Friday, July 29, 2011

Four Libraries in Four Paragraphs!

There are so many libraries in Second Life that I am not going to be able to blog about each one individually. In order to maximize the number of libraries that get featured, today I am going to give a rundown of some smaller/lesser-known ones. In doing so I will include a picture, the location, the goals of the library, and what services they are offering to acheive them.

The first one on my list is Pleasantville Community Library.

This library is located in Pleasantville, a family-oriented SIM, and thus aims to act as resource for families in SL. From what I can gather, their primary focus is on children's fiction. They have a few SL books, such as Peter Pan and Little Women. Though there are many bookshelves inside the library, none of them are actually touchable.


The library prominently displays a board of landmarks around Pleasantville, and this gives me the sense that this space acts as more of an information center than a functional library, reference or otherwise.

Next up: the library at PAVK, the Wastelands.

One of the smaller libraries I've seen in SL (or anywhere, really), this library contains exactly three SL books. The rest of the wall is taken up by t-shirts available for purchase, and posters encouraging visitors to donate . I understand that SL books are hard to make, but this is more like someone's bookshelf than an actual library. This is especially true considering the books are not even publically available--one must buy them for L$25! Because of this, I wasn't even able to find out what a PAVK was without buying a book. A most unhelpful resource, indeed.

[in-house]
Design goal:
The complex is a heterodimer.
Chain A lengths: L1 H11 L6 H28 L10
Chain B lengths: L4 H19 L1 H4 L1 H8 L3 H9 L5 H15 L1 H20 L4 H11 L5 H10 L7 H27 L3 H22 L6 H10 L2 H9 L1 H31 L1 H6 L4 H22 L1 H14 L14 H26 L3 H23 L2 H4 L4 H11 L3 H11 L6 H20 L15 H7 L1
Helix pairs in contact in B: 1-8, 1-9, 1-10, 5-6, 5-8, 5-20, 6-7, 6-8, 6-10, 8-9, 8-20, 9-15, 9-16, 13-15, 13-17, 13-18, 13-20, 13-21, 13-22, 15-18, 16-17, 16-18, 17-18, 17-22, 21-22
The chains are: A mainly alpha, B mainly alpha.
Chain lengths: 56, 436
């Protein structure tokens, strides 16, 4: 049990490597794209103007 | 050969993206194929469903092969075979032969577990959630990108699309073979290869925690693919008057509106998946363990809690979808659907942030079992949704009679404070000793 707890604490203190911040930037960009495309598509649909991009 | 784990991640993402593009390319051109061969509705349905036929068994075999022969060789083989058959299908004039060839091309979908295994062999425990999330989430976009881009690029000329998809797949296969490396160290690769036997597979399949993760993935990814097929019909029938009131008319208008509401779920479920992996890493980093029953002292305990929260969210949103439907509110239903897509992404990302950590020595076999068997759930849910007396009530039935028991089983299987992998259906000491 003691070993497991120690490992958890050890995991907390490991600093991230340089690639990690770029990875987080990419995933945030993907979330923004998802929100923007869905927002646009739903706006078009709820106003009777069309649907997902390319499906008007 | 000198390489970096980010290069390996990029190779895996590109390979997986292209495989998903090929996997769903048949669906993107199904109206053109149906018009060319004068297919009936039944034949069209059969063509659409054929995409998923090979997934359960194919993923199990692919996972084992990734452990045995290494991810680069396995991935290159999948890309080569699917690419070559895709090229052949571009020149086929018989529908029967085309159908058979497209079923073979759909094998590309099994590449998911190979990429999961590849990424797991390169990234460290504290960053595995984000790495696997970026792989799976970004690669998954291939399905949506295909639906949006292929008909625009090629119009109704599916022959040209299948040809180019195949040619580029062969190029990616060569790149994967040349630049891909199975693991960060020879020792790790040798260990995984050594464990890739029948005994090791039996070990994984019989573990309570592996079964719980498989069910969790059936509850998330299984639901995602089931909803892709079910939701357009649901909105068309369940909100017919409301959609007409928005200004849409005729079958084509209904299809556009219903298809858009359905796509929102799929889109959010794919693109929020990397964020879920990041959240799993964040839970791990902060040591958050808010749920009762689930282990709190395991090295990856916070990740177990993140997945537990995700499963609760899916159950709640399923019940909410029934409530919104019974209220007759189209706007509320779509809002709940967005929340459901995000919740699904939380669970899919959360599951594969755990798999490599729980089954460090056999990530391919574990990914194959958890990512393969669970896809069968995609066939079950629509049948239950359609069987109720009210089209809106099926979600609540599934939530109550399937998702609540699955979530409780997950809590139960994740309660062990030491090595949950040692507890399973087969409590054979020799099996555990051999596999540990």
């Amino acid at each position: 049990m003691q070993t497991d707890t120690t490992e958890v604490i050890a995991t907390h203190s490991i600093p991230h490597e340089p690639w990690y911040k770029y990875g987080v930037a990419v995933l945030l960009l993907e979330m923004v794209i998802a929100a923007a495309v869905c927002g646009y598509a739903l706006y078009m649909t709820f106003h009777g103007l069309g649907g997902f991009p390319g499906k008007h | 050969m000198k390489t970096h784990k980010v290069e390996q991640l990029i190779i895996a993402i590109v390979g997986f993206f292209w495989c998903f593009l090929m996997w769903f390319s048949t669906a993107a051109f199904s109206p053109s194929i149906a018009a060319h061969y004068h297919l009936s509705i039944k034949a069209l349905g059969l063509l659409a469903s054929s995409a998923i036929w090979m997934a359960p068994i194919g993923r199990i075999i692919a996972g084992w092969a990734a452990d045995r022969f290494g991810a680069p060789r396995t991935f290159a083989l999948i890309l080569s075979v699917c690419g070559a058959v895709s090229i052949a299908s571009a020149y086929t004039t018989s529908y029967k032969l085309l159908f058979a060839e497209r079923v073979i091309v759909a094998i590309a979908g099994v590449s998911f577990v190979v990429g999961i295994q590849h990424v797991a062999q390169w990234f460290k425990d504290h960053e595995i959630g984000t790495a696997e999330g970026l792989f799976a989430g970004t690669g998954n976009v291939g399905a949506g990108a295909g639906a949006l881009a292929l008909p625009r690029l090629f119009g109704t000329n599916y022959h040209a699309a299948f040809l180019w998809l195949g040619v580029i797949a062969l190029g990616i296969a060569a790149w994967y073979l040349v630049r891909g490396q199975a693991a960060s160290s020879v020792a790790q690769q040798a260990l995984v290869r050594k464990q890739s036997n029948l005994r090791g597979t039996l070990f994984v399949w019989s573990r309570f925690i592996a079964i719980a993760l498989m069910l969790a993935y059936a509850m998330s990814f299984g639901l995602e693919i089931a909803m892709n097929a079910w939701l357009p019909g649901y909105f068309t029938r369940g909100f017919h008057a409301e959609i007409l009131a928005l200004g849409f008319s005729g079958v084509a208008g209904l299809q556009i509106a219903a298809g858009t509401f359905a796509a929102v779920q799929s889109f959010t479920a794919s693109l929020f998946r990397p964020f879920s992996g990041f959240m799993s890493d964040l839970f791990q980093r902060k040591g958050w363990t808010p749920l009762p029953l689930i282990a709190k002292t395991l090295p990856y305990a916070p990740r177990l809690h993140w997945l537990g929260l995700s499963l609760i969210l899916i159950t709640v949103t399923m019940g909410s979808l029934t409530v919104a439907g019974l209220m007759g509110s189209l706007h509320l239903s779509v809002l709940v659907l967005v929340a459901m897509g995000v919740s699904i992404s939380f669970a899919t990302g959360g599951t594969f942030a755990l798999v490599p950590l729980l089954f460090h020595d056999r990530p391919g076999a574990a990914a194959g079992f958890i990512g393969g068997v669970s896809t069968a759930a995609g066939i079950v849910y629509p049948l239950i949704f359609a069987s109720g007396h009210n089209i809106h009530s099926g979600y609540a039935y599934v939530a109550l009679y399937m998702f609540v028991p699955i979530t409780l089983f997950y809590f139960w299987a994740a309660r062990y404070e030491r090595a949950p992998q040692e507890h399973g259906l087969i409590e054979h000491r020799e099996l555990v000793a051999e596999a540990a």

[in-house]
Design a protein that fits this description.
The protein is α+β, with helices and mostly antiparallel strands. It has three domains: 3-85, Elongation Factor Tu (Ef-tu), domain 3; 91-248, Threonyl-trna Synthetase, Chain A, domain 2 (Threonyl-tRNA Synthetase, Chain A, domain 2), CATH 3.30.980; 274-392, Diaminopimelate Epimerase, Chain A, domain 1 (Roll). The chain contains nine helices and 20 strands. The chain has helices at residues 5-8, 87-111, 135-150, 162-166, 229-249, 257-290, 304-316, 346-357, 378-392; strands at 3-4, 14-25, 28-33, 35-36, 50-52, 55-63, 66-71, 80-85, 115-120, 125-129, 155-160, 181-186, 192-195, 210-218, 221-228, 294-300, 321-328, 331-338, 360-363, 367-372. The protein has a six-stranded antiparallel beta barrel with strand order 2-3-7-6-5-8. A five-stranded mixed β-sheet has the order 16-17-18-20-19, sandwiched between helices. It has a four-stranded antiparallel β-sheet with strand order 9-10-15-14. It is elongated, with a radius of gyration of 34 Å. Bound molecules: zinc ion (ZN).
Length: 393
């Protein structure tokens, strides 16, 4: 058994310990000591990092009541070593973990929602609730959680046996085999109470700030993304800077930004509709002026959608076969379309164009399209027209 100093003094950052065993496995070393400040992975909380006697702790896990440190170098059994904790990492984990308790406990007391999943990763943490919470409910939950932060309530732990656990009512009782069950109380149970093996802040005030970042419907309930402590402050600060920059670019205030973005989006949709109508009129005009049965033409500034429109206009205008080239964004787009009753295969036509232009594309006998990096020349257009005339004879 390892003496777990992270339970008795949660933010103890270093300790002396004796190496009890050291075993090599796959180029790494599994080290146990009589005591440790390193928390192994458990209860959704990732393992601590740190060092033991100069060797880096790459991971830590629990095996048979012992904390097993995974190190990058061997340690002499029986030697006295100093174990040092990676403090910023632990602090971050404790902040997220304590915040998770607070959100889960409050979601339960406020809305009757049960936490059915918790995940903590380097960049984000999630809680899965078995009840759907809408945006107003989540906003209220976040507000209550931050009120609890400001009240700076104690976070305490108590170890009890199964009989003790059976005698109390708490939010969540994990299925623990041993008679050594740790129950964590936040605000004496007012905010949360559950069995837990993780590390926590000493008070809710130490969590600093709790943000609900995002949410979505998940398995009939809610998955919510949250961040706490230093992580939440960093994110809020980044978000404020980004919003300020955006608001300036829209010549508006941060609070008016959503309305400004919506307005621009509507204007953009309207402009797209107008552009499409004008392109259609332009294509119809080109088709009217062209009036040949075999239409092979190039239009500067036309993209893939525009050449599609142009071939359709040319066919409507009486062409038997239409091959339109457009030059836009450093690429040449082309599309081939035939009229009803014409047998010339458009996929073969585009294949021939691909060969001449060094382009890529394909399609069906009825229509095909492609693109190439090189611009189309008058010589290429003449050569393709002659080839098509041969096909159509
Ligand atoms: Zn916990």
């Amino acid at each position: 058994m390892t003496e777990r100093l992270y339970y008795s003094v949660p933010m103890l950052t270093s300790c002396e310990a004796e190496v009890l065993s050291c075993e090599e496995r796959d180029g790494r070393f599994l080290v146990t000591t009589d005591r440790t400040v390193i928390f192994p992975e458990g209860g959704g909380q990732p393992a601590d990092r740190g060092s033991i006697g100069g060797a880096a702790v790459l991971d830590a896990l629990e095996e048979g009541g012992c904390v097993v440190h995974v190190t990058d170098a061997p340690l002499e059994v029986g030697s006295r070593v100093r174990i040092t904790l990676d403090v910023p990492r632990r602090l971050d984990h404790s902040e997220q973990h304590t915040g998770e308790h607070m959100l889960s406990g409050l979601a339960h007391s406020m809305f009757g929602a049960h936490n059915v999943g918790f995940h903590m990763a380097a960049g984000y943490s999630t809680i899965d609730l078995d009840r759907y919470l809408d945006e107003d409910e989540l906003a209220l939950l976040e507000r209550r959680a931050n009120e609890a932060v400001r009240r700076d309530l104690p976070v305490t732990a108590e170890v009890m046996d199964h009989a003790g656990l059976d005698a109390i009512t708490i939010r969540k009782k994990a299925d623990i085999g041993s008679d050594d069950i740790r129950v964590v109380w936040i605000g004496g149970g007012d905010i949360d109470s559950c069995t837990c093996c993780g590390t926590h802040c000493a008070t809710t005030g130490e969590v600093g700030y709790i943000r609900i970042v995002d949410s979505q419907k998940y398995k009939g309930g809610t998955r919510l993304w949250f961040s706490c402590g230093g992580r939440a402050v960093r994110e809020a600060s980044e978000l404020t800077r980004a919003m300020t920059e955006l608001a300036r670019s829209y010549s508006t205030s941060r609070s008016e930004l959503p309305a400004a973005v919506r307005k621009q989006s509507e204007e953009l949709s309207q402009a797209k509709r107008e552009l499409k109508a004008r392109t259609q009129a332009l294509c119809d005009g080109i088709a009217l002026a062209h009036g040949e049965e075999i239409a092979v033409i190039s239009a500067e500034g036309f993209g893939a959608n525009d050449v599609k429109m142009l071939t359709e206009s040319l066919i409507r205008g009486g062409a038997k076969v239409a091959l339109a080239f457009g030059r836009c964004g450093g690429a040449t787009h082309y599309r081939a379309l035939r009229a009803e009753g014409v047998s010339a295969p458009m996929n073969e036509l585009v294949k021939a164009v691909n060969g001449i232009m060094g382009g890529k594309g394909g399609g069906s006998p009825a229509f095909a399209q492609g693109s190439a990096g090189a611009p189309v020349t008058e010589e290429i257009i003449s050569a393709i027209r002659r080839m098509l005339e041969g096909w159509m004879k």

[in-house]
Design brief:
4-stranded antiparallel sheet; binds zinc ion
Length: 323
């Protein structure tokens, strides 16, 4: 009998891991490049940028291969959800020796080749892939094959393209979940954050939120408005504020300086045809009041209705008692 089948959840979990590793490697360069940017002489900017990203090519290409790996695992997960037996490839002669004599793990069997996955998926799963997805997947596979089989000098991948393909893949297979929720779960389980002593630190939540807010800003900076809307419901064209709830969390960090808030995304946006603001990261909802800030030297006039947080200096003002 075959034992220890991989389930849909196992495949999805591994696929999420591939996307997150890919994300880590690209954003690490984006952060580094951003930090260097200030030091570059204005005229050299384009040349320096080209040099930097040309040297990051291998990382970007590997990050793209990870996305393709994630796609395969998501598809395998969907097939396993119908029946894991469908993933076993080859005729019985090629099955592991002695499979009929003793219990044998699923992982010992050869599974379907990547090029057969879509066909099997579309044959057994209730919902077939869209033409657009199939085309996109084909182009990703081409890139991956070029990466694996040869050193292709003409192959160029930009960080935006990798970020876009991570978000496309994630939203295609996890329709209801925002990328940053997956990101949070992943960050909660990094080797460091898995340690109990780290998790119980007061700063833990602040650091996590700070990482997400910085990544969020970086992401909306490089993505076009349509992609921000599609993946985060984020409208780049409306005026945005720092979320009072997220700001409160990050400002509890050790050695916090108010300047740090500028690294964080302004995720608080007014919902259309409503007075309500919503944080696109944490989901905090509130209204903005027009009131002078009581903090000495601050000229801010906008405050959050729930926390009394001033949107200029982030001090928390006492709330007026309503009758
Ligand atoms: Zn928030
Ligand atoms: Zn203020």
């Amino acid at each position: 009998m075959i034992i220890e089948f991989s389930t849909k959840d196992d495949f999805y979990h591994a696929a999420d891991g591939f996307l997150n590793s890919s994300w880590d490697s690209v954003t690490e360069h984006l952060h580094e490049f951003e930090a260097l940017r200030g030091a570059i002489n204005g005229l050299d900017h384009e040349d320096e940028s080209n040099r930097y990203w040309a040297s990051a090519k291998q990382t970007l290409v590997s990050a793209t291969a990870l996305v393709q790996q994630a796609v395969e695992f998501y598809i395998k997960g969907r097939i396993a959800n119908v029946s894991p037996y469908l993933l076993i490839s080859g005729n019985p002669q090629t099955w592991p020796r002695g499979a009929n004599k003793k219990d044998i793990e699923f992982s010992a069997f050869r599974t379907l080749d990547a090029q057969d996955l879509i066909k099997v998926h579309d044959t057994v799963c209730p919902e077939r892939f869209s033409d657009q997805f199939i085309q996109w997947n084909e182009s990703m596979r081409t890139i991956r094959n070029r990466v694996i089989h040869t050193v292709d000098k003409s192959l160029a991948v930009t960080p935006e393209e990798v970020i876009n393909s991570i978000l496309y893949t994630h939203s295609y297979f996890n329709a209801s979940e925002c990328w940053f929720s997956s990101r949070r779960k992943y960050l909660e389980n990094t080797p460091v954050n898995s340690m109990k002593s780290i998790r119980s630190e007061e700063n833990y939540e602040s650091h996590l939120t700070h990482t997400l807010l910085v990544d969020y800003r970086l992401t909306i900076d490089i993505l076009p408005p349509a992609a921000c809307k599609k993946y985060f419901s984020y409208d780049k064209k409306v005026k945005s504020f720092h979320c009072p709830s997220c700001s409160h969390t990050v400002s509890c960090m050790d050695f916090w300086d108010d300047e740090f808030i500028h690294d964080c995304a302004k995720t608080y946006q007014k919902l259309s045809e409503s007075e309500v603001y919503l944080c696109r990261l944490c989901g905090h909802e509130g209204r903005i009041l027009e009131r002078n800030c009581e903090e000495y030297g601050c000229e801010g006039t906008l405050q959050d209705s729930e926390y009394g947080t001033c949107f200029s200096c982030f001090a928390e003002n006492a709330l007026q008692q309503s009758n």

Breakers Library was the third library I visited.



Located in the Breakers New England Community, this exclusively fiction library features primarily New England authors and/or stories taking place in New England (as well as, inexplicably, Shakespeare and Jane Austen). Like Pleasantville, this library also contains an impressive amount of bookshelves. The difference? These ones are clickable!

Each bookcase you touch gives you a notecard, each with a list of authors and works. When one clicks on a title, one is offered another notecard, which links to even more notecards, each containing an exerpt from th e book. While not offering complete works, this is an easy way to sample books before reading them. If one touches an image of an individual book, one is lead to a Google books page. There are no SL books in this library (which I have to say I don't mind).

My final visit was to the American Hellenic University SL Library, located on the American Hellenic University SIM.


Containing no books, this library seems to act as both a resource for AHU students using SLl, presumably for some academic purpose (ex: Tutoring Through Second Life), and an advertisement for the school itself (several large posters link back to AHU's online collections homepage). It also offers a good meeting space for students.

More of these reviews to come!

--JoCupcake

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